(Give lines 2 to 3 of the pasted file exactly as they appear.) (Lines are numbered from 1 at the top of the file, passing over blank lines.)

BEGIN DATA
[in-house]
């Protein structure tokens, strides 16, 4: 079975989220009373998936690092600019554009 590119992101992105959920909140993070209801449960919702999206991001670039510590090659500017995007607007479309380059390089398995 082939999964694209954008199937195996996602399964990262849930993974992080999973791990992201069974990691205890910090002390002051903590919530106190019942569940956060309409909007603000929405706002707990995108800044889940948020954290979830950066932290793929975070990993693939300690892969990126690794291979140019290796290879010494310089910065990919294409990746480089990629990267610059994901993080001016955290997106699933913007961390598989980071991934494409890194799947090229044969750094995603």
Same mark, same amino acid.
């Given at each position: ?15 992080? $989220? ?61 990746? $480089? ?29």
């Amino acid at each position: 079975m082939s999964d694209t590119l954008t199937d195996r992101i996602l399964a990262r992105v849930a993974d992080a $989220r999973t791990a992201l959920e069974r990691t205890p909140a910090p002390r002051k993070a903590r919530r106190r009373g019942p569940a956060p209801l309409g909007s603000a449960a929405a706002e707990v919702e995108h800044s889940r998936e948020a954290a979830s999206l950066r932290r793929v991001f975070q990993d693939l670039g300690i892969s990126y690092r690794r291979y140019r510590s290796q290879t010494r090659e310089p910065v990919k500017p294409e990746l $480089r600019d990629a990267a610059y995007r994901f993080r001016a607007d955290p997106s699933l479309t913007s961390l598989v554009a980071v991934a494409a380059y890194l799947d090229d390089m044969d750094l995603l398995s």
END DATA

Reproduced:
């Protein structure tokens, strides 16, 4: 079975989220009373998936690092600019554009 590119992101992105959920909140993070209801449960919702999206991001670039510590090659500017995007607007479309380059390089398995 082939999964694209954008199937195996996602399964990262849930993974992080999973791990992201069974990691205890910090002390002051903590919530106190019942569940956060309409909007603000929405706002707990995108800044889940948020954290979830950066932290793929975070990993693939300690892969990126690794291979140019290796290879010494310089910065990919294409990746480089990629990267610059994901993080001016955290997106699933913007961390598989980071991934494409890194799947090229044969750094995603």
Same mark, same amino acid.